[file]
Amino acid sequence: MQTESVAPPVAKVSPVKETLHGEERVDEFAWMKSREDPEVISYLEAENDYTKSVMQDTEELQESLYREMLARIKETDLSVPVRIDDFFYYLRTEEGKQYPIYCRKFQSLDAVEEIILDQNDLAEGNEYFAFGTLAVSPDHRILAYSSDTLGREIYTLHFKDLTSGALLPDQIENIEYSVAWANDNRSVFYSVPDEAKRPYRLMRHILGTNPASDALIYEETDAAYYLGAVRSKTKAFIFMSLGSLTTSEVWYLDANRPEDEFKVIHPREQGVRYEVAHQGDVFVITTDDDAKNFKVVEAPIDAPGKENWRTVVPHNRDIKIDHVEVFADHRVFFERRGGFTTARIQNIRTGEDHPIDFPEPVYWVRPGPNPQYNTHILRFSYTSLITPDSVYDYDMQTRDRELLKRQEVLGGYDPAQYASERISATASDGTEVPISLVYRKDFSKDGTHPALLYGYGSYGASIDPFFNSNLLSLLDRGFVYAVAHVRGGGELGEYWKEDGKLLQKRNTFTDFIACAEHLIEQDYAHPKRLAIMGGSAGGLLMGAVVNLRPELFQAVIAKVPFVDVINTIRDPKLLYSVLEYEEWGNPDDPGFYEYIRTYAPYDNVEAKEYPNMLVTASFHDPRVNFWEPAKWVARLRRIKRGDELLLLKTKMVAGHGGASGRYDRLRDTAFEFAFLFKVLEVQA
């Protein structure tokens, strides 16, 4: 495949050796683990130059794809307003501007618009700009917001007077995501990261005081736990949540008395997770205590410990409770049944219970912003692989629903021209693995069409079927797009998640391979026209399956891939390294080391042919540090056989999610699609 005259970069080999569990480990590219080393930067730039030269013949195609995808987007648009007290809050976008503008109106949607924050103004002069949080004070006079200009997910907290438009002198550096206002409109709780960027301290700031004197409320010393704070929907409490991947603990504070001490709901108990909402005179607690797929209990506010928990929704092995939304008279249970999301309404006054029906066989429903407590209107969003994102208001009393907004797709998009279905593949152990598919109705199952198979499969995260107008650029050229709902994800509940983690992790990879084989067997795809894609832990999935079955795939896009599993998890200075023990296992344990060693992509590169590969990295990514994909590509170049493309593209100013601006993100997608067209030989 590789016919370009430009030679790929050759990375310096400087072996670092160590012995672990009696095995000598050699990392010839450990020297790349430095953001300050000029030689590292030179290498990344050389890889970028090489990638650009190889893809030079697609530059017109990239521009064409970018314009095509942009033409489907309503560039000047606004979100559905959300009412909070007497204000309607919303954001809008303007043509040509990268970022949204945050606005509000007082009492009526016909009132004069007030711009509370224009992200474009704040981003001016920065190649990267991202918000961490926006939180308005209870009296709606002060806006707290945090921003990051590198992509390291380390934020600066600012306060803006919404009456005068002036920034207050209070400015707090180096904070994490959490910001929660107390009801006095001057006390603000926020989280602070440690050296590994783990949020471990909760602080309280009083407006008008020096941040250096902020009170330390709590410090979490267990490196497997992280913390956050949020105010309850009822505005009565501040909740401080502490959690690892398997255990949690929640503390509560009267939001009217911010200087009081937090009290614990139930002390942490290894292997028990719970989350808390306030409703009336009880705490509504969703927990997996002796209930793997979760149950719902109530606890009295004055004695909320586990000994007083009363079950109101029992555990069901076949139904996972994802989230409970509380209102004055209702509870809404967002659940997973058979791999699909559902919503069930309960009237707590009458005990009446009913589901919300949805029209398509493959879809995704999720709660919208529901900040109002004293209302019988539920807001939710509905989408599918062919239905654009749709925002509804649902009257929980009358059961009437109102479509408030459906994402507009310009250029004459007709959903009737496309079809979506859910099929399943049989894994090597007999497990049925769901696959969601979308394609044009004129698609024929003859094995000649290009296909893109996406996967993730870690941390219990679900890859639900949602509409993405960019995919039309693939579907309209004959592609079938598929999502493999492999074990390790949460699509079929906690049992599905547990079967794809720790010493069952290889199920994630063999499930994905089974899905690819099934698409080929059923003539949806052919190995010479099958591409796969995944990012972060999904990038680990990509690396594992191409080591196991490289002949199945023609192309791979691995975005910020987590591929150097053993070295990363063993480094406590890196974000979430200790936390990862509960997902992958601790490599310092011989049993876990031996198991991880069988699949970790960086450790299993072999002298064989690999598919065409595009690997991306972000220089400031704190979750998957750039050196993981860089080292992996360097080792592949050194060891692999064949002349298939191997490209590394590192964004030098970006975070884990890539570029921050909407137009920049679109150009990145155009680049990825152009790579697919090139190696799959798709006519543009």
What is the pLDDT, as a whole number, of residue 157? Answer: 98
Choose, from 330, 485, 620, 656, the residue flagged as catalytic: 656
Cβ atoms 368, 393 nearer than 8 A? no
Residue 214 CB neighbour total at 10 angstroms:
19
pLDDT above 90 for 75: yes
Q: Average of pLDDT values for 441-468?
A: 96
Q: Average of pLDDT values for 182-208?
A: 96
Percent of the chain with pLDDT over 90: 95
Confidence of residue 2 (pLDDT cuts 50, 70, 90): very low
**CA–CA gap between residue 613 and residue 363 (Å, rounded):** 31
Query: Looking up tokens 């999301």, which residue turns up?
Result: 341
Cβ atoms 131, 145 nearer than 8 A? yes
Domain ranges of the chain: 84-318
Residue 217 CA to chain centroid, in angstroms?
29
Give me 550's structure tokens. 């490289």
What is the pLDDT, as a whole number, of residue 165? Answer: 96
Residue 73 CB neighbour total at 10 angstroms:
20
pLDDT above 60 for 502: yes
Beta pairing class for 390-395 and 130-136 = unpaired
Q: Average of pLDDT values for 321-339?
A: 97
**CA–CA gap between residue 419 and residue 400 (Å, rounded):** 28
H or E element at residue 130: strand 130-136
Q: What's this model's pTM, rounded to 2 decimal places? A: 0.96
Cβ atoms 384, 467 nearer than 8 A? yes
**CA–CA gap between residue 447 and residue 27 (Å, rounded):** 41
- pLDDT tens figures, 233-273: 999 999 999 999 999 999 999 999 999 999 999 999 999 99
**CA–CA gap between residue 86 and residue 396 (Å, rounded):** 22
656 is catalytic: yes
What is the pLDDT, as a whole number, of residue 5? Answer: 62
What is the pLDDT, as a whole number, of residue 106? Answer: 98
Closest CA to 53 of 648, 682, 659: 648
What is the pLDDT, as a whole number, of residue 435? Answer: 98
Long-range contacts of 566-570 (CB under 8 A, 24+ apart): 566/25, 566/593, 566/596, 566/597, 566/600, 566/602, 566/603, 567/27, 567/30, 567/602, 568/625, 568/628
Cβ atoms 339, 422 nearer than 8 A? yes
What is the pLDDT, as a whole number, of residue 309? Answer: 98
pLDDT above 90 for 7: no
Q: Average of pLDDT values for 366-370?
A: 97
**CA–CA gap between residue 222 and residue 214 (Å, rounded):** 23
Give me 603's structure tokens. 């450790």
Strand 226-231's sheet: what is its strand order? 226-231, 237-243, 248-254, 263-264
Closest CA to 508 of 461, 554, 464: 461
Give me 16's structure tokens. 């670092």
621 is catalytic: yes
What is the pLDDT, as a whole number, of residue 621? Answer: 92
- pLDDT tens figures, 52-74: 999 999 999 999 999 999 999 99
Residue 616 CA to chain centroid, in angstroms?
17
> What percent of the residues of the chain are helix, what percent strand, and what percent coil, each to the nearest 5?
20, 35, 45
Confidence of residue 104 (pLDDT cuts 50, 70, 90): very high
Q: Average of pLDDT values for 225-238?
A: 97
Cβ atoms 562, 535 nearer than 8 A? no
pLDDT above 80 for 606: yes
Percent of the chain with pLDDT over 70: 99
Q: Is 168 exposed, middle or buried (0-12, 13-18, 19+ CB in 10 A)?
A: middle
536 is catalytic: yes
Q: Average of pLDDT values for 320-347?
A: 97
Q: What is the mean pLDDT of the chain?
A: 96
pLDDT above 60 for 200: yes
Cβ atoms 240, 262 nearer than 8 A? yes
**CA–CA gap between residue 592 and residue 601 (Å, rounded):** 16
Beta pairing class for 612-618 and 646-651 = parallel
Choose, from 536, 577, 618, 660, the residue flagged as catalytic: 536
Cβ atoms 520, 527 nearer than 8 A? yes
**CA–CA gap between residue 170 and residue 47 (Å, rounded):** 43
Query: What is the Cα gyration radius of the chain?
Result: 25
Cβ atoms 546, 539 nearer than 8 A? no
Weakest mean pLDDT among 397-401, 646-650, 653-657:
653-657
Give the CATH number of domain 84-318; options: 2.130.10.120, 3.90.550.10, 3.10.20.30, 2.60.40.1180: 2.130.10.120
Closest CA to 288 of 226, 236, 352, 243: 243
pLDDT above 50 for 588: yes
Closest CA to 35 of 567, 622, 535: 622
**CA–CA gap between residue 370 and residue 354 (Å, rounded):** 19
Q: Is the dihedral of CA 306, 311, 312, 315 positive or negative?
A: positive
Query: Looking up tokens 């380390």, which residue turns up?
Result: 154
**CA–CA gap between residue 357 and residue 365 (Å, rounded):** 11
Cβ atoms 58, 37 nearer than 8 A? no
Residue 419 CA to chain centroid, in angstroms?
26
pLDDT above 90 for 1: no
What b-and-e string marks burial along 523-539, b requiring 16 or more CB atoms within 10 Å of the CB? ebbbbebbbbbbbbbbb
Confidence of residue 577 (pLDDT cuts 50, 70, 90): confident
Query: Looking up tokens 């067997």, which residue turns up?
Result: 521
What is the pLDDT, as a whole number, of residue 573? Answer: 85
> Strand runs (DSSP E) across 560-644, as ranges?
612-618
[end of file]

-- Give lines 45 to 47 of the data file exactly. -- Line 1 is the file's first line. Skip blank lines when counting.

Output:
pLDDT above 90 for 7: no
Q: Average of pLDDT values for 366-370?
A: 97